I’m one of the people who can remember an analogue marketing world. Like much of the good old days, (think conscription, homophobia, public executions) the reality didn’t merit the roseate glow it gets.
That pre-internet world featured a stifling monopoly on commercial television, shops that were shut much of the time and medieval restrictions on any form of printed data – i.e. you either bought it or read it in a library. We didn’t know it, but that world was oligarchic, exclusive and anti-competitive.
The internet has changed almost everything that we read, see, send, share or work at.
Hard to see the #lolcats potential of the internet
Gazing with the 1996 edition of Russell Davies (then an advertising planner) at the first websites, I wish I could say I was filled with a wild surmise of the possibility. I wasn’t.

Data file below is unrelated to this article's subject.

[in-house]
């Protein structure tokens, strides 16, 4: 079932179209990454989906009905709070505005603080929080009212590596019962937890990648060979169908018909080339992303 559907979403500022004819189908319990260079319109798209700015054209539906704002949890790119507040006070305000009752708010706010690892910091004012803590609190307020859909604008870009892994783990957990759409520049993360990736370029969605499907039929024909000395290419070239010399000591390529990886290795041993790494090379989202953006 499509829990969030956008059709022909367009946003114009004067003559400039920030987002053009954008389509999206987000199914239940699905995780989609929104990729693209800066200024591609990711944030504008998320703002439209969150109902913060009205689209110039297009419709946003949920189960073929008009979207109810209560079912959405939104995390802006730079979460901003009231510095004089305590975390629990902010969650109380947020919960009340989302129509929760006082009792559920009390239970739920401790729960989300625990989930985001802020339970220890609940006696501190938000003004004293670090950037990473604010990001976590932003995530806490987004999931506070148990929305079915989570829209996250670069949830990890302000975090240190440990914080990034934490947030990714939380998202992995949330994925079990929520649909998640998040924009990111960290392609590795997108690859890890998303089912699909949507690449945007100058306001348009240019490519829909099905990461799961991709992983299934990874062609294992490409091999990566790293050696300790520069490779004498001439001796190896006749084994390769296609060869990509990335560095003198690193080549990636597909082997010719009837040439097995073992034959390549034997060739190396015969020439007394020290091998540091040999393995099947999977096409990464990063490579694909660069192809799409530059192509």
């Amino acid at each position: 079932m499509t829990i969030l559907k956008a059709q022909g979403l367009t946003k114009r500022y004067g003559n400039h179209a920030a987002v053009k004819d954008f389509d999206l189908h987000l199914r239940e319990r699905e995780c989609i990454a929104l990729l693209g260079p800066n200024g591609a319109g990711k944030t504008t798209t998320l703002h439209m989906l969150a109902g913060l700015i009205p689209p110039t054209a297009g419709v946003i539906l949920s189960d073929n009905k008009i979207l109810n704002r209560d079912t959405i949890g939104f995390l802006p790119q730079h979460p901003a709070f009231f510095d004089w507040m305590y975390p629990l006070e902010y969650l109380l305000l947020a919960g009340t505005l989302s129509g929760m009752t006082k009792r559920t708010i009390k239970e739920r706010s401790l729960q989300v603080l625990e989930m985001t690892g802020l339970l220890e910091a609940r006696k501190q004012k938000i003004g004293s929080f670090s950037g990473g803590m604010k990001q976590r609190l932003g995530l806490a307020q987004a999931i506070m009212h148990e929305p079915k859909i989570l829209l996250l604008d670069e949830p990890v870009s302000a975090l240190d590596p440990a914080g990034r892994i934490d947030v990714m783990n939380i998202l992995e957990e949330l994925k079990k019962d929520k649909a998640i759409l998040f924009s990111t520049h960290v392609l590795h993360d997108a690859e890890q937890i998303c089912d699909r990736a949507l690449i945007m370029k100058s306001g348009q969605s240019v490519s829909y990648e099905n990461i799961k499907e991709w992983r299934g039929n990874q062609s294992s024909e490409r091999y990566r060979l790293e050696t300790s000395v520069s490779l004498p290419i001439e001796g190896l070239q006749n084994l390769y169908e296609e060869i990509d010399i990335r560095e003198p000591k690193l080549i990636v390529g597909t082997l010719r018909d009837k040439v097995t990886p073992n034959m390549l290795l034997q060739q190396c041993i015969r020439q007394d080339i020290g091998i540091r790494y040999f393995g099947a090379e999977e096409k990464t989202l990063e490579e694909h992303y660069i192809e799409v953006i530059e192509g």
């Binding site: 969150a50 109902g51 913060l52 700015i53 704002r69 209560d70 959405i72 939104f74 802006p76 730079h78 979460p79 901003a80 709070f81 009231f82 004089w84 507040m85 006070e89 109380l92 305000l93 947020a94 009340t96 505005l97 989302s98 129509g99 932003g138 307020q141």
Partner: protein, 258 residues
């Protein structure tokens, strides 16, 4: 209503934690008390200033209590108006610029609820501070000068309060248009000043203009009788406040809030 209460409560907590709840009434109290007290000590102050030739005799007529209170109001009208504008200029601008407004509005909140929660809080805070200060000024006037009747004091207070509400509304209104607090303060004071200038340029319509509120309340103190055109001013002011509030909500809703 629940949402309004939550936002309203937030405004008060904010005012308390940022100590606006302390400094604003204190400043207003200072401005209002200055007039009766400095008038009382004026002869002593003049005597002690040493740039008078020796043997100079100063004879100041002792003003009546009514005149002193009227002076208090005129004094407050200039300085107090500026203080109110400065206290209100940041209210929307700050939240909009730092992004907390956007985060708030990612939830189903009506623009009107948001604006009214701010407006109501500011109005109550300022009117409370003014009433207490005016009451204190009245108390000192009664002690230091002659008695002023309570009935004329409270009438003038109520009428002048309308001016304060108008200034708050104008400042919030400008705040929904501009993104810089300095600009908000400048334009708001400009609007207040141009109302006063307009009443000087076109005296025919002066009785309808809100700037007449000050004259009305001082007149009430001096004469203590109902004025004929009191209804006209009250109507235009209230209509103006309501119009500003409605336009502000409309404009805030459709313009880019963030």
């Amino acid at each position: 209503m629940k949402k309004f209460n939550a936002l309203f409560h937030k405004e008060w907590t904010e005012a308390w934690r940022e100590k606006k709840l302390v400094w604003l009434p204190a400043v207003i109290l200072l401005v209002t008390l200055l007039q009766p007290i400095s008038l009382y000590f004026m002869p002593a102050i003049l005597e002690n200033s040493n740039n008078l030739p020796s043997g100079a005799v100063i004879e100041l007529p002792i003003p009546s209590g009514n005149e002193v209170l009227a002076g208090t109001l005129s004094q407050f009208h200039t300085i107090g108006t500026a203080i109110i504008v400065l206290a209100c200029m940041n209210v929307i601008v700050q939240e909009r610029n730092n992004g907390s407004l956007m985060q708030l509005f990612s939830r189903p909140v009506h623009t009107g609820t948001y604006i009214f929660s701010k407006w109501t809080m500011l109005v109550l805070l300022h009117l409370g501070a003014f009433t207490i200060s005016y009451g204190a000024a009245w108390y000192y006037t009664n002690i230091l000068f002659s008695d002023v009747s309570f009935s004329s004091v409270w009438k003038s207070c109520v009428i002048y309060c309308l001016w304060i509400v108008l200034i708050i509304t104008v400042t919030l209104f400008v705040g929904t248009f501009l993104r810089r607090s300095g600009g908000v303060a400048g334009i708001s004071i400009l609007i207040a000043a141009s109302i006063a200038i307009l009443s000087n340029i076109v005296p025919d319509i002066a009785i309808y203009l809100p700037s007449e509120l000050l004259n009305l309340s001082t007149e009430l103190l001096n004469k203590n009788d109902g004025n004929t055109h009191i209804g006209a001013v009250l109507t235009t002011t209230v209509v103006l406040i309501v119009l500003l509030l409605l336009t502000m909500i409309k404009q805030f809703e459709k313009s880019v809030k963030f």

The internet has empowered 3bn people to read, see and publish with a freedom that only princes and magnates enjoyed before
Russell, ever the visionary, saw the future. I saw a brochure on a flickering black and white screen. But it was difficult then to imagine the need for, let alone the supply of, unlimited connectivity, infinite media or the global ability to marvel at cats that can’t spell.
The thing that most excites me about the internet era is the democratisation of knowledge. The way it has started to level the playing fields of privilege that have sloped for centuries. The way it has disintermediated the slow and the complacent. The way it has made the world come closer.
And, most, of all the way it has empowered 3bn people to read, see and publish with a freedom that only princes and magnates enjoyed before.
For me it’s not that marketing is different because of the internet. Of course it is – wildly different. But it’s not because marketing is special – it’s that the world itself is so different. And better.